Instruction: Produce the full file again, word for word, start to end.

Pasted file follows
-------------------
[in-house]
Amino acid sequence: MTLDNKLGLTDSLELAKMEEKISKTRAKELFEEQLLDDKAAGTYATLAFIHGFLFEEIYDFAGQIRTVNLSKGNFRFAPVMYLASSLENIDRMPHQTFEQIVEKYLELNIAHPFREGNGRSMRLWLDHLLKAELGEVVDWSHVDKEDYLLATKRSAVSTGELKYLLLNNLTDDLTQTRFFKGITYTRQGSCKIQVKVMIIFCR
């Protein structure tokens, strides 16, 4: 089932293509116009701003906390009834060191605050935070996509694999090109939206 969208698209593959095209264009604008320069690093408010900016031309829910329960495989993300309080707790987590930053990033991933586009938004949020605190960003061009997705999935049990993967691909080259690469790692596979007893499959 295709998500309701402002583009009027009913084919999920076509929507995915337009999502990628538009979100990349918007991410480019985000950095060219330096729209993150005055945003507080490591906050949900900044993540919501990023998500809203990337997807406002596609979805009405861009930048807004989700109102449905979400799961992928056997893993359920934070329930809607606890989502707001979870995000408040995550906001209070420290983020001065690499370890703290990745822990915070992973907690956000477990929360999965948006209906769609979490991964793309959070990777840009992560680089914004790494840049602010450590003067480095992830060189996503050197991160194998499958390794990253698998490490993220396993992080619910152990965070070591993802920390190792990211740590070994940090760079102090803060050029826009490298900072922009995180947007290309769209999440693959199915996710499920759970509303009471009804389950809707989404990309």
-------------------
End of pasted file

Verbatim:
[in-house]
Amino acid sequence: MTLDNKLGLTDSLELAKMEEKISKTRAKELFEEQLLDDKAAGTYATLAFIHGFLFEEIYDFAGQIRTVNLSKGNFRFAPVMYLASSLENIDRMPHQTFEQIVEKYLELNIAHPFREGNGRSMRLWLDHLLKAELGEVVDWSHVDKEDYLLATKRSAVSTGELKYLLLNNLTDDLTQTRFFKGITYTRQGSCKIQVKVMIIFCR
């Protein structure tokens, strides 16, 4: 089932293509116009701003906390009834060191605050935070996509694999090109939206 969208698209593959095209264009604008320069690093408010900016031309829910329960495989993300309080707790987590930053990033991933586009938004949020605190960003061009997705999935049990993967691909080259690469790692596979007893499959 295709998500309701402002583009009027009913084919999920076509929507995915337009999502990628538009979100990349918007991410480019985000950095060219330096729209993150005055945003507080490591906050949900900044993540919501990023998500809203990337997807406002596609979805009405861009930048807004989700109102449905979400799961992928056997893993359920934070329930809607606890989502707001979870995000408040995550906001209070420290983020001065690499370890703290990745822990915070992973907690956000477990929360999965948006209906769609979490991964793309959070990777840009992560680089914004790494840049602010450590003067480095992830060189996503050197991160194998499958390794990253698998490490993220396993992080619910152990965070070591993802920390190792990211740590070994940090760079102090803060050029826009490298900072922009995180947007290309769209999440693959199915996710499920759970509303009471009804389950809707989404990309």